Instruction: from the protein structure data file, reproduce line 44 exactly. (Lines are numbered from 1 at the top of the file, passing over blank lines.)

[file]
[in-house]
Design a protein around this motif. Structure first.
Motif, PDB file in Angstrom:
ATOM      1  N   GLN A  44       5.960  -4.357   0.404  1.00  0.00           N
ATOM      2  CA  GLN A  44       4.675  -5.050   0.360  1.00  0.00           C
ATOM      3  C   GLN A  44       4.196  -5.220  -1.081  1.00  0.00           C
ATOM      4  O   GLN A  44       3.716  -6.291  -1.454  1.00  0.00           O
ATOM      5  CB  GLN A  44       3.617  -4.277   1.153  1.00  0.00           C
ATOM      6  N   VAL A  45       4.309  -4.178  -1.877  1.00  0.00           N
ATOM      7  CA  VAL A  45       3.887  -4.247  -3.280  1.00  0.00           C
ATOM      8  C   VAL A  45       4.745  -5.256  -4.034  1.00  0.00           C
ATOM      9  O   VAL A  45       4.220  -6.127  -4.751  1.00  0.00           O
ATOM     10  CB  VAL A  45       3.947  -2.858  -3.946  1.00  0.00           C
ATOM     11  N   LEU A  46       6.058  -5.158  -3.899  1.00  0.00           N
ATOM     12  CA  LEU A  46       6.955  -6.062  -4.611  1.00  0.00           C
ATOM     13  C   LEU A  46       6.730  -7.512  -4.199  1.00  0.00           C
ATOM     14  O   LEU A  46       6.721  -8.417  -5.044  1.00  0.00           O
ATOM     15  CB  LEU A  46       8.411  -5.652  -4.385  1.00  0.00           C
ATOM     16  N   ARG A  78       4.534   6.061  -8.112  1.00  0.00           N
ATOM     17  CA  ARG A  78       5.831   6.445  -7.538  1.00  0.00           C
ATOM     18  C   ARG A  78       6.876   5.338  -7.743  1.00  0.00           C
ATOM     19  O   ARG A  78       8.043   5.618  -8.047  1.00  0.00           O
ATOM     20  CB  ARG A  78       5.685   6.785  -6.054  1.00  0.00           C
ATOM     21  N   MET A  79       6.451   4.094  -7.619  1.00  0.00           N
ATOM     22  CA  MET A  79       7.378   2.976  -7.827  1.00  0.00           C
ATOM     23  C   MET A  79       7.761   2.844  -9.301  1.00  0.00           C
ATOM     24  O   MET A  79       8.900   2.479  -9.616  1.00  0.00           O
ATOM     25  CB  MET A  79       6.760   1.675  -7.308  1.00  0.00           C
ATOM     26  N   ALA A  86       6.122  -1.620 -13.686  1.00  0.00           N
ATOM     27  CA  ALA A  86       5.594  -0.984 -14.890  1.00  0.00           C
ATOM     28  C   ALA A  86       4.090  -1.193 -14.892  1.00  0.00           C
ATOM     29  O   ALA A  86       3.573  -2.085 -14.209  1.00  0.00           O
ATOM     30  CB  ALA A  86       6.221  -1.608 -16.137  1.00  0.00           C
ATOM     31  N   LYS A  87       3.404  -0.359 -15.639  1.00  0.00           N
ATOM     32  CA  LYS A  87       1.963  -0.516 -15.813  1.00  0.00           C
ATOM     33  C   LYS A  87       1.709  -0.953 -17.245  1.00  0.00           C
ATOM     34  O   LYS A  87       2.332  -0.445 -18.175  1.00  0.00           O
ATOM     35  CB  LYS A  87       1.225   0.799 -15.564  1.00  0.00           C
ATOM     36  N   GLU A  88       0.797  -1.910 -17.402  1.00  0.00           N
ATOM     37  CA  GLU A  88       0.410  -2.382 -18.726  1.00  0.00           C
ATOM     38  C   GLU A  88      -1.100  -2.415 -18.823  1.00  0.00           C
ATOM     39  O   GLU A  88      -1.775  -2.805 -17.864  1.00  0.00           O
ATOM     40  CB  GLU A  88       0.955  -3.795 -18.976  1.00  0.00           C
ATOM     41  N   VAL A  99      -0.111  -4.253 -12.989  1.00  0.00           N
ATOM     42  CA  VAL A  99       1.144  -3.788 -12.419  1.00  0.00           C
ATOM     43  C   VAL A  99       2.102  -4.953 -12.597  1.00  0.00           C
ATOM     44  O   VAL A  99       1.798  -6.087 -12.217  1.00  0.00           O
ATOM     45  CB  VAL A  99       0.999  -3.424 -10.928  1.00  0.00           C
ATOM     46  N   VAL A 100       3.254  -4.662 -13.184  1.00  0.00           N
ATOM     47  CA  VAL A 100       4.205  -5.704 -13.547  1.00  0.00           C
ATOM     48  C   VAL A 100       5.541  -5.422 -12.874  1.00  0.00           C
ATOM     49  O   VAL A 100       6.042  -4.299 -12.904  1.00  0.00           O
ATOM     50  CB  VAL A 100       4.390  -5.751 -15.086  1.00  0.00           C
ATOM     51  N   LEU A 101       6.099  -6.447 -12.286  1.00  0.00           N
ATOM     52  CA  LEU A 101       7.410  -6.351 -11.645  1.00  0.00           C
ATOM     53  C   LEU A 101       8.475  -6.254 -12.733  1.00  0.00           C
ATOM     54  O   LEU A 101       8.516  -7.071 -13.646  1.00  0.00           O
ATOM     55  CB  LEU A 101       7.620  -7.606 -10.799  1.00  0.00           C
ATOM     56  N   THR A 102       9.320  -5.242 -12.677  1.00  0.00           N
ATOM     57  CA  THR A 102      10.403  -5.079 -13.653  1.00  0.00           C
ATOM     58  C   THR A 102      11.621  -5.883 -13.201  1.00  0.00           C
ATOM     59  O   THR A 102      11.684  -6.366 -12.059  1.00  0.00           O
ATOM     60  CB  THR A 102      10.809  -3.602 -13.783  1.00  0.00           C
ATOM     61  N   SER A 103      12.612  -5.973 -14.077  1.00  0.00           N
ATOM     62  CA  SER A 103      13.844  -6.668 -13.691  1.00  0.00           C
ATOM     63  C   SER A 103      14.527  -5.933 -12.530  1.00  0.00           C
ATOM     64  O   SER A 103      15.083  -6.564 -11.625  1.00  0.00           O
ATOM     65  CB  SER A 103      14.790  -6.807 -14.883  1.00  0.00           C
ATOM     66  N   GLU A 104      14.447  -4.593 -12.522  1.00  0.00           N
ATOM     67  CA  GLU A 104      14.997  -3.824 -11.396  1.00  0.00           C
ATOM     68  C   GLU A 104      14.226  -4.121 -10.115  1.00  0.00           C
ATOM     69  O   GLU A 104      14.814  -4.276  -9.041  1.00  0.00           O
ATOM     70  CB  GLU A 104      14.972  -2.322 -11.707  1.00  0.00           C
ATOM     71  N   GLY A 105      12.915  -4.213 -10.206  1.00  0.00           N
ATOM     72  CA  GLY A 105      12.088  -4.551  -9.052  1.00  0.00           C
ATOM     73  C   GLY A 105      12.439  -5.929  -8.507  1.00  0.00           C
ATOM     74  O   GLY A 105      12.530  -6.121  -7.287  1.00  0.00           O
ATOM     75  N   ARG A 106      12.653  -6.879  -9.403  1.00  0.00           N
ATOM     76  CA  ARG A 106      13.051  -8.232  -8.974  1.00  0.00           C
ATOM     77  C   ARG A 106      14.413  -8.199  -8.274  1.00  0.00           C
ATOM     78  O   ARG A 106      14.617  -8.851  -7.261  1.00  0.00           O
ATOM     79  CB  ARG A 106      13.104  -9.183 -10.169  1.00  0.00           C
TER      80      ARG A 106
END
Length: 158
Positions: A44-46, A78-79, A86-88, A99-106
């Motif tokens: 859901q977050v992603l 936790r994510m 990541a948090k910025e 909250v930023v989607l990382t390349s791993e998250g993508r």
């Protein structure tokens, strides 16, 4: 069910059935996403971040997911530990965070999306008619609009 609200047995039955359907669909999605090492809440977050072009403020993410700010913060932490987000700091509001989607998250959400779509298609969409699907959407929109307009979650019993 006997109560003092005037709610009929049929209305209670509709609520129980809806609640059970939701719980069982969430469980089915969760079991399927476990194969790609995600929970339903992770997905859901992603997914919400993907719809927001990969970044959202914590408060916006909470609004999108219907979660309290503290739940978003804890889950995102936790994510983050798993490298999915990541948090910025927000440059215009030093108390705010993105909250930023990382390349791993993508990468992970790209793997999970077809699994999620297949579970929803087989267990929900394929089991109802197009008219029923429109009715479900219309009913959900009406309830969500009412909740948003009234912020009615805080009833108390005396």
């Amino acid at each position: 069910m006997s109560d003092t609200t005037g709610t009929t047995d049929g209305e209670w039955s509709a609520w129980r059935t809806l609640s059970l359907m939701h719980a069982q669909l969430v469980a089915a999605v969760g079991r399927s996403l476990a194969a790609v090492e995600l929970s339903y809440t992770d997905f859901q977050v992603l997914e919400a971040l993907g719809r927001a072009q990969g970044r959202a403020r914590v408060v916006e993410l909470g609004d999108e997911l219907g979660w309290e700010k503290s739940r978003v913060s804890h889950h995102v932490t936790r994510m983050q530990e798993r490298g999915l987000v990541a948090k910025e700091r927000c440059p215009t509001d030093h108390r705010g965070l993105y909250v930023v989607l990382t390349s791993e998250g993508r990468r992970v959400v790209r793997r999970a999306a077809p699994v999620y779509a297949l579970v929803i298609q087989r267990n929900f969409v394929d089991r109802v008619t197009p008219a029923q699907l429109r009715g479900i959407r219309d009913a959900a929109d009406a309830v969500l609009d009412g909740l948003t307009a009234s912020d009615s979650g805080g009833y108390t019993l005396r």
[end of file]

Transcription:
ATOM     41  N   VAL A  99      -0.111  -4.253 -12.989  1.00  0.00           N